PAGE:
Dorset sheep breeder
In this week’s ag segment, women, This is Farming Dorset sheep farmer talks to Samantha Mc Ginty of the Sherlocks Town flock. We discuss his interests in Dorset sheep, building his own flock from humble beginnings, lambing seasons and future prospects for the farm.
Samantha Mc Ginty, Donadea, Co. He grew up on a dairy and veal beef farm in Kildare.
After her father’s death 25 years ago, her mother and sister continue to nurse on their own, while Samantha farms independently as a successful pedigree Dorset sheep farmer.
However, he is open to the challenges of setting up his own business, with renting land being one of the biggest hurdles.
Samantha considers herself lucky to have the flexibility to balance her farm and work life commitments.
He works full-time on a hybrid basis and is also five minutes from his home office.
In addition to full-time employment, Samantha farms the Dorset, Dorset-cross and Kerry Hills herds.
Initially, her eldest daughter took an interest in the Dorset breed, and Kerry Hills joined the herd through Samantha’s younger daughter.
“I am fascinated by the characteristics of the breed and look at every corner for features such as wool, ears and feet. Like other breeds, I look for ewes with a good mouth and a good carcass for the trader,” he says. This is Farming.
“Personally, I like Dorsets because you can finish lambs quickly. In addition, Dorset sheep have the ability to breed all year round. For me, I lamb in October, a few weeks after the National Plowing Championships and again at Christmas.”
“I believe the Dorset is a very versatile breed. The breed is big in England and Northern Ireland and has signed many deals with companies such as Waitrose. Being single myself, I prefer docile sheep that are easy to handle. As it was emphasized, it is an advantage that they finish quickly.”
Build a herd
After Samantha’s daughter first introduced the breed to the family farm, Samantha decided to remove her own blood and start fresh.
After that, he bought ewes in lamb, twins and triplets. Dorset sheep can take three crops in two years.
“I bought 15 lambs from two sheep in one year. “I don’t put sheep and lambs next to the ram, but I put rabbits over 1 year and 3 months old.”
Samantha generally buys her pedigree Dorset sheep from the south of Ireland, but this year she made a trip to Northern Ireland. He bought a lamb from a well-known NI flock that won overall champion silverware at the Balmoral Show.
When purchasing these breeding sheep, Samantha seeks expert advice. When inspecting ewes, he explains how he looks for “fat, not fat” ewes and emphasizes how breeding and genetics play a “huge” role in his foundation flock.
“Overall, my goal is to build a herd while improving the bloodline. I want to produce what the commercial breeder is looking for.”
As mentioned, lambing takes place in October, with more mature ewes lambing. The 2nd set of ewes, including boars and Dorset crosses, lamb in late December.
“At the end of April, we produced a ram. After scanning, we got an average of 2.1. 23 of the ewes were lambs, and the ram cleaned the rest of the loose ewes. I am completely satisfied with this number.”
“I graze the flocks in the open air. Over the years I learned an old trick from an older generation farmer. They told me that if you feed the sheep early in the morning, they will lamb for an hour on both sides.”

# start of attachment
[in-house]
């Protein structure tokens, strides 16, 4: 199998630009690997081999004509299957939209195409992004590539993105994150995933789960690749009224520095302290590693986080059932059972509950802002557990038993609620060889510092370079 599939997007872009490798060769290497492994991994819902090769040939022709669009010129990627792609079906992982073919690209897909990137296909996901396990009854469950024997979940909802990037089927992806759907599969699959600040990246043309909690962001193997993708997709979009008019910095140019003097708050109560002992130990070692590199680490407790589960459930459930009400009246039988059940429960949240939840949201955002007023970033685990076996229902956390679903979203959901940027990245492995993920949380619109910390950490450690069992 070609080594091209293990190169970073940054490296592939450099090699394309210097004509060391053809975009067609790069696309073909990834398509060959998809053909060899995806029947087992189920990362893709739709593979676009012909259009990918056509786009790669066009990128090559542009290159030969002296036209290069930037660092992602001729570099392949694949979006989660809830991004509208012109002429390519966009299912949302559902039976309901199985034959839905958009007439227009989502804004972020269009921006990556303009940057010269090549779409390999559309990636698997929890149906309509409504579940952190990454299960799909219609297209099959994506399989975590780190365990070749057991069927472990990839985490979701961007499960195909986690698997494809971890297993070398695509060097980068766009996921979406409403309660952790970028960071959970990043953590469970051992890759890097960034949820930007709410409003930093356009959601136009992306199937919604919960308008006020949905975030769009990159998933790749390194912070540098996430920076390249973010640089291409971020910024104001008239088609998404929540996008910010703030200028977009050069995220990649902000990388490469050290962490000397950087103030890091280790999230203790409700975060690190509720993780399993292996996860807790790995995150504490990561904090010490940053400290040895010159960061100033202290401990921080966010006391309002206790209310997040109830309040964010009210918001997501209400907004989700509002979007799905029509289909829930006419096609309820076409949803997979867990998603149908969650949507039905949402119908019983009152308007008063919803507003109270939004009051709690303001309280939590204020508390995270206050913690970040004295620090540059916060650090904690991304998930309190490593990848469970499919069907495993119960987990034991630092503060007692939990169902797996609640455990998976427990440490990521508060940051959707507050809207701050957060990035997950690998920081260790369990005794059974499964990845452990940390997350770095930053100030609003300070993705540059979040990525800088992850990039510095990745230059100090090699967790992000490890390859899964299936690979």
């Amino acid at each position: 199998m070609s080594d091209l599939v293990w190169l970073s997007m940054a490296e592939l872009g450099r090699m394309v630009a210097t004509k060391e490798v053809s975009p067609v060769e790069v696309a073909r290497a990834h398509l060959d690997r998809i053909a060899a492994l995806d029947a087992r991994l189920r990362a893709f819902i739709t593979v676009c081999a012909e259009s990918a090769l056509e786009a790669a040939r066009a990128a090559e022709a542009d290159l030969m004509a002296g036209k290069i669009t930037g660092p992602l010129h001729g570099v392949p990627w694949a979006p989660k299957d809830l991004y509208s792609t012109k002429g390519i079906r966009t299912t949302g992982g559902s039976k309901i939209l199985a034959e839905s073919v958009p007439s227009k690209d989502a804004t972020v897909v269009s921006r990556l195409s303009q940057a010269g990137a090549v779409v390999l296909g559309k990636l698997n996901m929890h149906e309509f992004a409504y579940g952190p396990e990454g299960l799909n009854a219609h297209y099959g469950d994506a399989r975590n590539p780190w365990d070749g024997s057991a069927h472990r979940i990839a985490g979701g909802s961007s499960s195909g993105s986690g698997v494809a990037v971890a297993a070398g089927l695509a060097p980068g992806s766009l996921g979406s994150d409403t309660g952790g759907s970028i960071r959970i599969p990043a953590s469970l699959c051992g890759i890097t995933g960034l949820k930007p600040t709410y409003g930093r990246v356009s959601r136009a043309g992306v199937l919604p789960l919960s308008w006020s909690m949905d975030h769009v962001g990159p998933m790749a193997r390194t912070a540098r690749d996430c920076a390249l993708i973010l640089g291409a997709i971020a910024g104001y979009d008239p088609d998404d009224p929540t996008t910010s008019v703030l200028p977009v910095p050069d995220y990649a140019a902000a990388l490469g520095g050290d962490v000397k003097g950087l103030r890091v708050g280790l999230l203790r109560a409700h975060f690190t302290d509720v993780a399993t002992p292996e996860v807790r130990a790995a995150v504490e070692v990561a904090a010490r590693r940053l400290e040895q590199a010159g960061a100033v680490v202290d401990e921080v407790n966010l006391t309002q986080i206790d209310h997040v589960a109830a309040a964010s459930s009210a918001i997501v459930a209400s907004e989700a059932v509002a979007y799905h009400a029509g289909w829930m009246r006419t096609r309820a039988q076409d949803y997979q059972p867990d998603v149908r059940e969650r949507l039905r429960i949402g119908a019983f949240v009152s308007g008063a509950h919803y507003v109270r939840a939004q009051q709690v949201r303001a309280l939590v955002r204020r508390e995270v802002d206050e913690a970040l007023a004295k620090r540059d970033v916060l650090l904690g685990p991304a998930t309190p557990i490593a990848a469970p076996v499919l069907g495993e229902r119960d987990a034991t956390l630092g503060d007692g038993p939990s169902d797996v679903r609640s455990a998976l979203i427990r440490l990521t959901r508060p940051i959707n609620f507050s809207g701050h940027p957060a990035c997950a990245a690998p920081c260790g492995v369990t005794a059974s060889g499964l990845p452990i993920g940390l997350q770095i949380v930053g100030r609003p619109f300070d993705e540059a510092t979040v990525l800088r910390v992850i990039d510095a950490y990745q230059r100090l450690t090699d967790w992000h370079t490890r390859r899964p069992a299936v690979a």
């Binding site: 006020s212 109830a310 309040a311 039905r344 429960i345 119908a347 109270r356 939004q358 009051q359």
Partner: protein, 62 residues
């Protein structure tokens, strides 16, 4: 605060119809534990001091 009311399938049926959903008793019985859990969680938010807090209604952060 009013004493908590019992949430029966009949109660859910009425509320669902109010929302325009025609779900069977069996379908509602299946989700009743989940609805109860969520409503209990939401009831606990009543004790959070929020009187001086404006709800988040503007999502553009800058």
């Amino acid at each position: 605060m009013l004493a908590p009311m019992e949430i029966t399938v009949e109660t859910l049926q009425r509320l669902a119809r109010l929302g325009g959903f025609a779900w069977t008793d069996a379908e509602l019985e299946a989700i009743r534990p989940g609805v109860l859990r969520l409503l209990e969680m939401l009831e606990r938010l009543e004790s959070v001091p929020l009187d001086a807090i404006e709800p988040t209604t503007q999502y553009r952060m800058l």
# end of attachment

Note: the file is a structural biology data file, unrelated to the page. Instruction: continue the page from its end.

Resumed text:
“For example, let’s say you regularly feed your sheep at 7am. Your ewes should lamb between 6am and 8/9am. I’ve been following it for years and it works for me.”
“I believe the sheep know you are with them during these times, so they feel safe. “My sheep never, or very rarely, lamb at midnight.”
In addition, Dorset ewes do not need to be sponged as they come into season naturally, as a compact lambing season occurs naturally for this breed. The ram usually advises the sheep within three weeks of voting.
Generation and perspectives
Samantha strives to produce a “beautiful” lamb with good head and feet, a “big” carcass and confirmation.
He wants to carry traits in the progeny that will allow commercial buyers to finish lambs quickly and efficiently.
“This year’s generation sheep will be sold like sheep. However, I plan to keep a few rams for show and sale next year.”
“Last year I had very few lambs. I got four or five replacements. “If I believe the generation is not up to par and the lambs are not good enough, I will walk a hard dog.”
“In general, I love promoting the breed, representing all types of breeds and how they fit in the market.”
“In addition, I am the secretary of the National Association of Sheep Breeders. The Association will have a stand at this year’s National Plowing Championships which will showcase 19 different breeds of sheep across Ireland.
Plans for the future
His plans for the future include increasing the number of sheep and increasing the sale of breeding Dorset hoggets and ewe lambs.
With his current holdings extremely fragmented, he plans to expand the farm closer to home. This is part of his plan to continually improve his current growing enterprise.
In five years, Samantha aims to continue raising quality sheep and educating the public about the farm-to-fork transition.
“I believe that people should be more informed. It is not about living entirely on vegetables. We cannot afford to transfer our heritage. In addition, we need to inform the population about wool and its demand as a viable alternative to synthetics.”
Samantha continues, “I see the future of agriculture as rocky in the short term.” That is until we know exactly what is going on with the environmental rules and regulations. We know what we are doing.”
“In general, as farmers, we will listen to people and continue to produce food sustainably. We should aim to promote Ireland as green, which is not always seen in the public eye,” concludes the Dorset sheep farmer.
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